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Anouk Wipprecht

Country: Travels and lives around the world

Specialty: Combining technology and fashion material

Experience: +10 years

Profession: Fashion tech designer

Favorite tool: Dremel 3000

Fashion and technology. At a first glance they seem opposites of each other. When you look at the creations made by Anouk you can see they go hand-in-hand. Anouk makes extraordinary fashion that responds to the wearer and the environment. The Dremel Multi-Tool is her favorite tool to work with the 3D-print.

THE SPIDER DRESS

The Spider Dress is a digital dress with technology by INTEL that attacks when you come to close to the wearer’s personal space. Pretty (&) scary! Anouk’s dresses are a combination of fabrics, electronics, software, microcontrollers and 3D-prints. She mixes and matches all sorts of techniques and tools, including Dremels tools.

Anouk has made several intelligent fashion projects next to the Spider Dress. For instance the Smoke Dress which shrouds the wearer in a cloud of smoke when she is feeling shy. Or the Cocktail Dress that makes a mean gin & tonic, and the wearable ‘Agent Unicorn’ that helps children with ADD to focus.

HOW TO UNDERTAKE A PROJECT

In the following video’s Anouk shows several stages of a project. She shows how to work on electronics with VersaTip. But, safety first, Anouk style!

Timelapse 3D-printing – timelapse 3D-print
Safety first – How to safely work with Dremel tools
Versatile Versatip – How to solder with the VersaTip

TIPS & TRICKS: PRE-DRILLING

Why is it important to pre-drill? 3D-printed materials from a 3D40 can be fragile. Therefore Anouk pre-drills a smaller hole to avoid cracking the plastics. Afterwards she uses the right size to finish the drilling neatly.

HOW-TO: How to improve 3D-prints

After you have 3D-printed your design it is often not ready for in its final use. We’ll show you step-by-step how to finish 3D-prints with a Dremel Multi-Tool by sanding off imperfections.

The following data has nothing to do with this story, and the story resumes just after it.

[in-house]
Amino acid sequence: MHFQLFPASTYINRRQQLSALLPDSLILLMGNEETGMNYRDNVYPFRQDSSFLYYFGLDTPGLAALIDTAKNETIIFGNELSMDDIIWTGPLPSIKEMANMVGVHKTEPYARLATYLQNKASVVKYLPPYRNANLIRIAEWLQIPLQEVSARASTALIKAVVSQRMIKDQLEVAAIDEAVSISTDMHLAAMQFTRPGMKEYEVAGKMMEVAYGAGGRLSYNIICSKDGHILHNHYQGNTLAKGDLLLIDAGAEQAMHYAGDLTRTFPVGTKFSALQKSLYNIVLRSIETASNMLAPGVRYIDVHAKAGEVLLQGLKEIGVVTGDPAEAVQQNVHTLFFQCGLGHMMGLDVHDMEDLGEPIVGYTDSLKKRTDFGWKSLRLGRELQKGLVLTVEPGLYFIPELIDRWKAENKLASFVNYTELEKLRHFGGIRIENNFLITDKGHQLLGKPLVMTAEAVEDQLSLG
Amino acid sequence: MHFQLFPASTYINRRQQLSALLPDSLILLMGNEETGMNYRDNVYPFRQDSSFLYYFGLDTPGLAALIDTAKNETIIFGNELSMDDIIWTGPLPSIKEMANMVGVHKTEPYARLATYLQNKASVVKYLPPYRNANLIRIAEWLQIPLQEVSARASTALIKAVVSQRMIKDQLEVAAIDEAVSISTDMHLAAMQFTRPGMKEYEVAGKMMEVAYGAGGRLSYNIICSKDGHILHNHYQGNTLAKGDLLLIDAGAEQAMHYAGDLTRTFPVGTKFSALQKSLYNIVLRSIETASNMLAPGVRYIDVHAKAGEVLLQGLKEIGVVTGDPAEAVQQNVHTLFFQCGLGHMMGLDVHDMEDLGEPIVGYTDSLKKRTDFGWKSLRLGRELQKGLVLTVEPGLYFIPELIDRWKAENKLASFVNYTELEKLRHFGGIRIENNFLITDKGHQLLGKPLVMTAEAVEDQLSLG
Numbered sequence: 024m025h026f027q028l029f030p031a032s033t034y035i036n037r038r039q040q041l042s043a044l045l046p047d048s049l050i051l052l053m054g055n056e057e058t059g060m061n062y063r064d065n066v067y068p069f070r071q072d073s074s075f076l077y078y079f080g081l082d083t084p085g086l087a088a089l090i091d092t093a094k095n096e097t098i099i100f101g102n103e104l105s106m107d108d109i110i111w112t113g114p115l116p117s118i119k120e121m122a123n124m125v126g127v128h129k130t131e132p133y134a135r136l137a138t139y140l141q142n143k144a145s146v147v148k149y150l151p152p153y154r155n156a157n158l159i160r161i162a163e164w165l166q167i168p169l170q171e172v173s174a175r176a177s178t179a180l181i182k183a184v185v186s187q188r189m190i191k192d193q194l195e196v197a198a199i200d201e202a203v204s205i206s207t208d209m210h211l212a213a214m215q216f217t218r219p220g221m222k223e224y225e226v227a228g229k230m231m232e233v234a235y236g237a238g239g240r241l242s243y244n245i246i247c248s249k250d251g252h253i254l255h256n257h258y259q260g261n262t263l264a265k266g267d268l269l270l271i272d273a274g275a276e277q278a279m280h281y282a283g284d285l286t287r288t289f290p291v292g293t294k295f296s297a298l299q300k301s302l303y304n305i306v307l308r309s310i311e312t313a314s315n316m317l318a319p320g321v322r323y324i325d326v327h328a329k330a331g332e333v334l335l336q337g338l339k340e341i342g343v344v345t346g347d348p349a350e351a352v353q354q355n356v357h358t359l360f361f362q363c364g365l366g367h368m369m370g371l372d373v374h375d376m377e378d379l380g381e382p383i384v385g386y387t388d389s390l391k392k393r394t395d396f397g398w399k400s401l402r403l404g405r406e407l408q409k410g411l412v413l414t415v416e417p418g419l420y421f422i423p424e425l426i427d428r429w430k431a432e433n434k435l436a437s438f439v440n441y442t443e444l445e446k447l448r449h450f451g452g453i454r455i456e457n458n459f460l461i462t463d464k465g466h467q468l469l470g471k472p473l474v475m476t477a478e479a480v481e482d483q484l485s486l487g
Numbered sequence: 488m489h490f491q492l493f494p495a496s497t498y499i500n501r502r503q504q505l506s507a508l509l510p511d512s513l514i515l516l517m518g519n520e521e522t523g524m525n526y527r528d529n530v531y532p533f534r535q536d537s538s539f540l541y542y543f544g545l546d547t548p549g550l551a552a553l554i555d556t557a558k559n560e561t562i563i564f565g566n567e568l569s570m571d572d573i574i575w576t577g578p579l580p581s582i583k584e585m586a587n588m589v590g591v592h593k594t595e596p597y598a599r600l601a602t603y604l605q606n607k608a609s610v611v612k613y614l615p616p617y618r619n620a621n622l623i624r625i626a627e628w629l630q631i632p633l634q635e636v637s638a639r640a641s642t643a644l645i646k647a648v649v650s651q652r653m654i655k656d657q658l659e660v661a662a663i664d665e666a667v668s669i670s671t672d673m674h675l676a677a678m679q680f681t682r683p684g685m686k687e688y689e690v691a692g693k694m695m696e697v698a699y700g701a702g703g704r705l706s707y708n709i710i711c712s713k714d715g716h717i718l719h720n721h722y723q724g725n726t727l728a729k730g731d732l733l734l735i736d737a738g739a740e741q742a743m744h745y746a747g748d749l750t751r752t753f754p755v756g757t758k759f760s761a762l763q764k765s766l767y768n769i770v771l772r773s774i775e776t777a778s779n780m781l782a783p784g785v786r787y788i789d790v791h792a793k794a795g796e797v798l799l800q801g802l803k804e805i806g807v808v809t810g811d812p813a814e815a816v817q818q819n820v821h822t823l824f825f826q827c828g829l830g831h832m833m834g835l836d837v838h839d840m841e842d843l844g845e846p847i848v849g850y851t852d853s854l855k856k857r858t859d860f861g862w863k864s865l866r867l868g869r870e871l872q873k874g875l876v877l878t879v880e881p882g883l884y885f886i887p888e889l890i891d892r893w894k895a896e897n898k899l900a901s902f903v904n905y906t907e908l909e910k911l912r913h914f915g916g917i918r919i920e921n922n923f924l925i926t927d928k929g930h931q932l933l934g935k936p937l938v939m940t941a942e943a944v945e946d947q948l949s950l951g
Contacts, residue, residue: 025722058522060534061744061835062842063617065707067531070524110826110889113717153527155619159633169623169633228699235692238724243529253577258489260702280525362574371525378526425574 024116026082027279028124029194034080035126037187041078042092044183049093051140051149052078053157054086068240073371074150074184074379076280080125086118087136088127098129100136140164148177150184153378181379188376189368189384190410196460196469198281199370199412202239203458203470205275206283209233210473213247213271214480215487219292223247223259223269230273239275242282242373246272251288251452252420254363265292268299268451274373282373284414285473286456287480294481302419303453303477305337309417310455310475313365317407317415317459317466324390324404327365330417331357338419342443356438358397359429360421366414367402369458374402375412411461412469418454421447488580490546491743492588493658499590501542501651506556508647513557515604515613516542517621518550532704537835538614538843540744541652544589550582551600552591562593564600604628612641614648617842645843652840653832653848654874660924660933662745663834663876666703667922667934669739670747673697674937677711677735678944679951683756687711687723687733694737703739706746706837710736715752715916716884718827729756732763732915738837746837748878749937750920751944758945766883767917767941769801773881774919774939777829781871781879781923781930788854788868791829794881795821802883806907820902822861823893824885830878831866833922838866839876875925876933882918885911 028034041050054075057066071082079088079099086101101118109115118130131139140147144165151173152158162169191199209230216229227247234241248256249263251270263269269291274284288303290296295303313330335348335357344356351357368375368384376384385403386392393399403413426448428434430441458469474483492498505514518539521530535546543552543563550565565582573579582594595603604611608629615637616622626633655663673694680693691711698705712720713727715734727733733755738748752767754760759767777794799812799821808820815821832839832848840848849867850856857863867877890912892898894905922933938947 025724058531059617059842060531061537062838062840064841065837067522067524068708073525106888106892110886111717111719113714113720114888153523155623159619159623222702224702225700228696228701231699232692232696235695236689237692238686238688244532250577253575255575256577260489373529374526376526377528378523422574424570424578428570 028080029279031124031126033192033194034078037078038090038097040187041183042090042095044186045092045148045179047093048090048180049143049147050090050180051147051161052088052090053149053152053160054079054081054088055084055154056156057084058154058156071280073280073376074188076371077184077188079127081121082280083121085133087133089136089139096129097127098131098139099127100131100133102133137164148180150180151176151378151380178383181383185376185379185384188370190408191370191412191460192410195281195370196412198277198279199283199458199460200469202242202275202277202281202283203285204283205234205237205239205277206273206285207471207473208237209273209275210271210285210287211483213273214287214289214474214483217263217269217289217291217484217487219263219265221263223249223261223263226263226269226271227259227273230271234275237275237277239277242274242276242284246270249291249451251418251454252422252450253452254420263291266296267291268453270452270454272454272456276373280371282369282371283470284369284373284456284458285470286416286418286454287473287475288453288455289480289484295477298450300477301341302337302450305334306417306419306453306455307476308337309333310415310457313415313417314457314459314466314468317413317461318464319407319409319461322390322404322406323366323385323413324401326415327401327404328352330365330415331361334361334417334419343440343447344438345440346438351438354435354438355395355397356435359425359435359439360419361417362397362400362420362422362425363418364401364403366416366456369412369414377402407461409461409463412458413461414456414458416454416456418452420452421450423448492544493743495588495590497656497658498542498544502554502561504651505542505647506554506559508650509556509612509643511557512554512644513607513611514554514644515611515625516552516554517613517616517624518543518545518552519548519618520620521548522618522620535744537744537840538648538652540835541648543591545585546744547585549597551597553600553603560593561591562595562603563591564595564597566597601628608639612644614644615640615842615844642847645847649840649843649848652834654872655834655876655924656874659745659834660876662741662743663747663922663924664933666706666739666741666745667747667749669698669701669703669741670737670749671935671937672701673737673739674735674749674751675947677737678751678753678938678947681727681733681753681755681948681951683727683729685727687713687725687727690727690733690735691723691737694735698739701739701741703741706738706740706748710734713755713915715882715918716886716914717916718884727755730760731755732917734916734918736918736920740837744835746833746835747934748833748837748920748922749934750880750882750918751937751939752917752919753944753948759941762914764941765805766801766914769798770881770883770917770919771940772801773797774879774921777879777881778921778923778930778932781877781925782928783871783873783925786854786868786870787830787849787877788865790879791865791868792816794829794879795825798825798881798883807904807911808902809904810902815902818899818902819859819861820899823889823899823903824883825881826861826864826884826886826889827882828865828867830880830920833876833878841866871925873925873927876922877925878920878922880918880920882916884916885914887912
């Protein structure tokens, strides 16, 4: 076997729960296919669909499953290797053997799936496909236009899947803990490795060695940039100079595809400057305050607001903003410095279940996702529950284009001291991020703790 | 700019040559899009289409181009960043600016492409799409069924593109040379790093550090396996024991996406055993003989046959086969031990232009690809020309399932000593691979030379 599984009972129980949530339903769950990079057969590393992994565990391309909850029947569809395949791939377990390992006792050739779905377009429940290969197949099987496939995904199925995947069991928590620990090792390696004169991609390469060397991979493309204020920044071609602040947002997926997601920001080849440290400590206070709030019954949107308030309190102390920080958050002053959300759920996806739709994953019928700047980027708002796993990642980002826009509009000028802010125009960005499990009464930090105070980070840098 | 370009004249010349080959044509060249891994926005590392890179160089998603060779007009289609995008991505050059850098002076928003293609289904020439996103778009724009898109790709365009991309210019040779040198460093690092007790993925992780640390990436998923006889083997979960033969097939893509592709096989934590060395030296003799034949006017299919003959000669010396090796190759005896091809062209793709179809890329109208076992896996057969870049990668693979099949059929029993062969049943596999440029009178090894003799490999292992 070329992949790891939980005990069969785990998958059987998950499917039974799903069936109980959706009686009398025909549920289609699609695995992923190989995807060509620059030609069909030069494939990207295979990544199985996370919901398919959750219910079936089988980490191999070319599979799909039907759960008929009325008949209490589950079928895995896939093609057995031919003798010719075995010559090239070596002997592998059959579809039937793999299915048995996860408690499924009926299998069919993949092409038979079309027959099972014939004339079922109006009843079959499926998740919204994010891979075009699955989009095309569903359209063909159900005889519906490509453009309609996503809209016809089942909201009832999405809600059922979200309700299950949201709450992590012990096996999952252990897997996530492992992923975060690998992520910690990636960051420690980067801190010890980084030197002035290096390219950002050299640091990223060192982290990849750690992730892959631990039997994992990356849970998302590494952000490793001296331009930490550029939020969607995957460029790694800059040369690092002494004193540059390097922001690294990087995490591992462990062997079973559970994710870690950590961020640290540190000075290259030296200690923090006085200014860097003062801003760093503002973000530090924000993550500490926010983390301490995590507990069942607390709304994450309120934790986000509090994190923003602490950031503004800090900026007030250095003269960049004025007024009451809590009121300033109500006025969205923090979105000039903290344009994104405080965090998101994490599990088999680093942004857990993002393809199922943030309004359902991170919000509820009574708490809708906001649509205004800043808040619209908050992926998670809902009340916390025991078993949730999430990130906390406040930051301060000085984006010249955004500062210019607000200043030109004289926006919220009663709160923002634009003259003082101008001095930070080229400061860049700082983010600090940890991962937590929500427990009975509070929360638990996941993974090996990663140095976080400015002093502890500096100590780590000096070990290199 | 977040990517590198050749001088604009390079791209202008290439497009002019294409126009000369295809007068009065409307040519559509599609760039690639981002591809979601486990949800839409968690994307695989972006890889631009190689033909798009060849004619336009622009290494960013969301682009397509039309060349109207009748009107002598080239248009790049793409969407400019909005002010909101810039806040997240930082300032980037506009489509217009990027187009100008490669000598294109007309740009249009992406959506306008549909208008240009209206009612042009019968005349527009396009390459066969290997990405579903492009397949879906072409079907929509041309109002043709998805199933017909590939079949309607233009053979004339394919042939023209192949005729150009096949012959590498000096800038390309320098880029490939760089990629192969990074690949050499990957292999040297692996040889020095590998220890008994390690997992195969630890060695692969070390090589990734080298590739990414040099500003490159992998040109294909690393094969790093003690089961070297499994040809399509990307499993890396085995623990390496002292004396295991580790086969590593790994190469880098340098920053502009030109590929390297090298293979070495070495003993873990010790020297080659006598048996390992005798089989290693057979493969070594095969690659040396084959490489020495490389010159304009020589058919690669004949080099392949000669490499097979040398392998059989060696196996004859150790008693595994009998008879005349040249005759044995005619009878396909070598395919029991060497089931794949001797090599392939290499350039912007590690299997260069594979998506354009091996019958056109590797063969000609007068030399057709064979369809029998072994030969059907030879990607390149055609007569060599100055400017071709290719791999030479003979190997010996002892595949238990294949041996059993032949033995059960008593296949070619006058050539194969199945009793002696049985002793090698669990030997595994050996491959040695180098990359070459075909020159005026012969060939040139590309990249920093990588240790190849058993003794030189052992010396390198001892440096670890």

STEP 1 – Removing unnecessary parts of a 3D-print

3D-prints often have supports in the design that make sure they don’t fall over during printing. After the print is done they must be removed. Anouk uses a thin cutting wheel of 0.75mm to remove the supports. By keeping the rotation of the Multi-Tool at a medium speed she maintains maximum grip without melting the plastic.

STEP 2 – Grinding 3D-prints

After the excess plastic is cut away, Anouk uses several different Aluminum Oxide Grinding Stones to remove the last pieces of excess plastic. She also uses the grinding stones to smoothen out the surface of the 3D-print. Hint: the different Aluminum Oxide Grinding Stones come in all sorts of sizes to suit your project’s needs.

STEP 3 – Smoothing out 3D printed material

To smoothen 3D-printed material to perfection Anouk uses the Sanding Band which is available in several different grits, smooth and coarse. After the Sanding Band you can use the Finishing Abrasive Buffs to make the material extra-smooth.

USED PRODUCTS/TOOLS

More inspiration?

Check out other Dremel makers for more tips & tricks, step-by-step information and inspiration. Look at Daan Borsje for example, who builds custom bikes. Do you want to know how to strip a motorcycle frame with Dremel tools? Daan shows you the works!

WATCH DAAN